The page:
HONOLULU—The mood is different this year at the General Assembly of the International Astronomical Union (IAU), the largest gathering of astronomers, which meets every three years. Amid the usual scientific posters and talks on the history of the solar system and galaxy formation here at the Hawaii Convention Center are alert sentries at every entrance diligently screening for protesters. The normally benign field of astronomy finds itself embroiled in controversy around the planned construction of one of the world’s most powerful telescopes on the peak of Mauna Kea, a dormant volcano with ideal conditions for observation that is also a sacred place to Native Hawaiians.
The intended facility, called the Thirty Meter Telescope (TMT) after its gargantuan primary mirror’s size, would be the 13th observatory on Mauna Kea and by far the largest. Protesters see construction on the mountain as the desecration of a holy place that has long held meaning for Hawaiians. They object to the presence of any telescopes there, and especially to the prospect of building a new observatory with a larger footprint than the rest. Protesters have so far succeeded in preventing the start of construction on the 4,200-meter peak by camping and blocking the access road to the summit. They are planning peaceful demonstrations during the IAU meeting, including a press conference held outside the convention center Tuesday morning and a scheduled march through Waikiki on Sunday.
“We are not here to protest astronomy,” movement leader Lanakila Mangauil said during the press conference. “The mountain is simply a poor choice of location … Before we look into space, we need to take care of this place, this land.” Some Hawaiians find themselves torn between loyalty to their culture and interest in scientific development. “Because of TMT I’ve gotten the opportunity to come up here [to Mauna Kea],” says Alexis Acohido, an intern working with the Gemini North telescope, also on Mauna Kea, who has Native Hawaiian ancestry and has written in support of the TMT. “I’ve been called a bad Hawaiian.” The governor of Hawaii, David Ige, spoke at the conference’s opening ceremony Monday, asking people on both sides to work toward compromise. “We do not seem to be talking with each other, but rather at each other,” he said. “I believe there can be a resolution. We need to begin by listening to each other—truly listening—and trying to understand perspectives entirely different than our own. I am committed to that path and ask you to join me on it.”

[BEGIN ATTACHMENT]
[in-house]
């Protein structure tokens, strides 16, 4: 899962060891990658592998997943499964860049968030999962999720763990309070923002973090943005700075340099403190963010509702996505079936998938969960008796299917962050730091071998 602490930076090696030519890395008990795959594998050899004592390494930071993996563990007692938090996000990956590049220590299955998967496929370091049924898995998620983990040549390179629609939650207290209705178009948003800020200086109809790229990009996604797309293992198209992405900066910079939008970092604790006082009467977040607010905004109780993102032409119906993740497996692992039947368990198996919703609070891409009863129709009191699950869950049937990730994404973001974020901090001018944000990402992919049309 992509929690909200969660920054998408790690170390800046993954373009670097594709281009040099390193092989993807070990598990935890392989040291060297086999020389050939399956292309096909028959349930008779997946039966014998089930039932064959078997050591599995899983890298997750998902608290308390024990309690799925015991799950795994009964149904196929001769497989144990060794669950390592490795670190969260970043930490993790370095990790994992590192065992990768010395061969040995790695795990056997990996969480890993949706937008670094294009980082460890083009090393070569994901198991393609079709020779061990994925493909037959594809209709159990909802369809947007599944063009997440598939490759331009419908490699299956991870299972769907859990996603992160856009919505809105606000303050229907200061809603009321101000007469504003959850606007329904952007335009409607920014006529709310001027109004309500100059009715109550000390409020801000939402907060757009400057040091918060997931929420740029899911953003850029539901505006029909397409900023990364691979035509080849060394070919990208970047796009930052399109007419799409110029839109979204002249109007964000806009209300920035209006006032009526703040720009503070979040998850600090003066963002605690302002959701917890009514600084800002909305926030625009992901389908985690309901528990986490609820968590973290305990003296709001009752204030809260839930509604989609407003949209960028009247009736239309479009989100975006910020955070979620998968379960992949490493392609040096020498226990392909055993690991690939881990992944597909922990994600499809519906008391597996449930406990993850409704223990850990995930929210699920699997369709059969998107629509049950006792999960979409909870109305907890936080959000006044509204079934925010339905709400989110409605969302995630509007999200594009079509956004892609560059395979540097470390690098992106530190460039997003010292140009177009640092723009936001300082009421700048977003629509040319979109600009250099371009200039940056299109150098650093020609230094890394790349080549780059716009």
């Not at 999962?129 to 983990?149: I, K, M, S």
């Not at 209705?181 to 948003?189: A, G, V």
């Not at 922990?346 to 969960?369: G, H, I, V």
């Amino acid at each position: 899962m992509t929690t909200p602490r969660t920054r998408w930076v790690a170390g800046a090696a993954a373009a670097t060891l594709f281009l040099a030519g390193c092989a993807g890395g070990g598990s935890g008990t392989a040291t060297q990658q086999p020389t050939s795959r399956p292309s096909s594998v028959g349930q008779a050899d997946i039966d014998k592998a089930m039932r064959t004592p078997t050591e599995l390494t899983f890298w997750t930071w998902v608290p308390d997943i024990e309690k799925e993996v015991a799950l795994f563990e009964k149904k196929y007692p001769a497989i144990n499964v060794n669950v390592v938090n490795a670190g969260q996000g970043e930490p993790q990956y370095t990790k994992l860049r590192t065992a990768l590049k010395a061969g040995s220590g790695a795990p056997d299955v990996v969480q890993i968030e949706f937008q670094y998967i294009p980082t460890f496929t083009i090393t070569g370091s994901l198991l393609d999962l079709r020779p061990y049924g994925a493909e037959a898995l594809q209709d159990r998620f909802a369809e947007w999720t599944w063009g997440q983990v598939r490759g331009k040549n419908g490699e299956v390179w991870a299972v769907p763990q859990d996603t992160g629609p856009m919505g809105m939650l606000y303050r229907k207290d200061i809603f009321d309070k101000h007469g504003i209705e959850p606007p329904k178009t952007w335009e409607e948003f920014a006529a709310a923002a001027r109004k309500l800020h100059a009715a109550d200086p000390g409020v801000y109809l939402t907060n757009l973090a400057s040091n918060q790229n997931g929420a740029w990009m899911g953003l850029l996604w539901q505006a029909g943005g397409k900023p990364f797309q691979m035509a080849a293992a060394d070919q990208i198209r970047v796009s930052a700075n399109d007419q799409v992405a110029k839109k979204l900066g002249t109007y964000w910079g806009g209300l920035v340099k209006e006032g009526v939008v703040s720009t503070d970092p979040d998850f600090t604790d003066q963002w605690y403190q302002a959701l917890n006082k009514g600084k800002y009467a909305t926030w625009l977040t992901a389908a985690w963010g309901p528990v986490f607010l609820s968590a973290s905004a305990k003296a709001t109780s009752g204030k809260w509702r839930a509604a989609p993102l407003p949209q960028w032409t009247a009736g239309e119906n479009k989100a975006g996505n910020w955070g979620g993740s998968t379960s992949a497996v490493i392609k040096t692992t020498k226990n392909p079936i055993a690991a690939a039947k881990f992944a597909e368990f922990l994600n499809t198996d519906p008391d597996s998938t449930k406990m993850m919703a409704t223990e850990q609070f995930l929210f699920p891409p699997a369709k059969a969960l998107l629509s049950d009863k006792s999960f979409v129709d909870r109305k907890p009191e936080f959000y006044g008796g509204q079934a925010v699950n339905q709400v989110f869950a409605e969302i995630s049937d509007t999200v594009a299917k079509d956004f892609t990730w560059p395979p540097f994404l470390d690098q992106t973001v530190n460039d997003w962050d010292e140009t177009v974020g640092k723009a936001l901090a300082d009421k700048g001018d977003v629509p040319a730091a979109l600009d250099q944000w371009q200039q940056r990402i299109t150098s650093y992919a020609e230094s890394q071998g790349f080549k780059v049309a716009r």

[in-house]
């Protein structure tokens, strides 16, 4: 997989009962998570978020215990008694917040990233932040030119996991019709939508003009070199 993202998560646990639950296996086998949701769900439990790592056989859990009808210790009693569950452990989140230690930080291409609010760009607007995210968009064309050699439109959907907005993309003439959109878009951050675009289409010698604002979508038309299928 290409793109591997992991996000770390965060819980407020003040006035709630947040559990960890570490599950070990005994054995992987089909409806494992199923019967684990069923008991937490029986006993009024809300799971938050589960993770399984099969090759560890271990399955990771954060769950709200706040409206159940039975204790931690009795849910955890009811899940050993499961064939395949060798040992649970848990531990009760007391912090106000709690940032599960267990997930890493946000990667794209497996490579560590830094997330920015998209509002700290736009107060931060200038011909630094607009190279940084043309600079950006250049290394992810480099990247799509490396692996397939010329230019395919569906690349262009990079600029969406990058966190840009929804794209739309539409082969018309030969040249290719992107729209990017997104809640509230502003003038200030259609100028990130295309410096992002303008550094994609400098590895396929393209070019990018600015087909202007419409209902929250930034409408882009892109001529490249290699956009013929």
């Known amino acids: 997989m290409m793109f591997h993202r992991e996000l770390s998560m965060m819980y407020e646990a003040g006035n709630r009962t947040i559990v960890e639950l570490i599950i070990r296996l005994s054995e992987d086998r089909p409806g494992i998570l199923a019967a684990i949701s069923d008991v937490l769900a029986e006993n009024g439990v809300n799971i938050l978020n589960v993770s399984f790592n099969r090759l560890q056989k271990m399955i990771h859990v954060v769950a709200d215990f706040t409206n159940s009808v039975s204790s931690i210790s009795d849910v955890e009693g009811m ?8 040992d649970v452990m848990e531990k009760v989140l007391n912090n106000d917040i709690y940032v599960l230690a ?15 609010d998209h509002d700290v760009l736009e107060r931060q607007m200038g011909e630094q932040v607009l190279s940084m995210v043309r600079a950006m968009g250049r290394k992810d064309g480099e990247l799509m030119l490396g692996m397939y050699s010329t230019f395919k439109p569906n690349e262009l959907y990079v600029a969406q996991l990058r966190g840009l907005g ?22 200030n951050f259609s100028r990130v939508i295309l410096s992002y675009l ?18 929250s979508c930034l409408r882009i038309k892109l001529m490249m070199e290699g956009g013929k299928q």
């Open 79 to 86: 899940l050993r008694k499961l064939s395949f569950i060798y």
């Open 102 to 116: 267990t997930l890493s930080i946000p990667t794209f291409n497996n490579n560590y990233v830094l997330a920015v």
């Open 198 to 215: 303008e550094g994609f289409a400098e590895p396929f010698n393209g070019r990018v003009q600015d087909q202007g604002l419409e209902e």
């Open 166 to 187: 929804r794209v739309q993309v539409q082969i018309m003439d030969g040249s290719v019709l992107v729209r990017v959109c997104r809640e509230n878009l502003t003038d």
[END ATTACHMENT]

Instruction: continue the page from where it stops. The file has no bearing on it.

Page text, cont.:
The IAU, the largest professional astronomy organization, is officially neutral in the debate over the $1.5 billion TMT, which is being planned by scientists from the University of California and the California Institute of Technology with support from China, Japan, Canada and India. “What the union can do in this case is only to foster and encourage people to dialogue and to try to find together a reasonable solution to the problem,” Piero Benvenuti, general secretary-elect of the IAU, said Monday at a press conference. “We don’t want to ignore the protest. We just hope that it doesn’t interfere with the normal [operations] of the assembly.”
The conference has drawn nearly 3,000 astronomers from around the world for scientific presentations and poster sessions on astronomy, astrophysics, planetary science and cosmology. IAU members will also vote on resolutions to standardize measurements of stellar brightness and other technical issues as well as plans for fostering astronomy in the developing world and protecting radio astronomy from car radar interference. And because the IAU controls the official names of astronomical bodies, the convention will announce the nominees for monikers to be given to many of the exoplanets that have been discovered beyond the solar system over the past two decades. The IAU will open voting on candidate names to the public next week.
Organizers have also planned two evenings of stargazing open to the public, as well as visits by local students to the conference and several public lectures, such as one on Tuesday night by a practitioner of Native Hawaiian celestial navigation. “We are trying to progress in the knowledge of the universe because we believe this is a value for mankind,” Benvenuti said. “Our goal is progressing in knowledge, but the knowledge has to be shared with everybody.”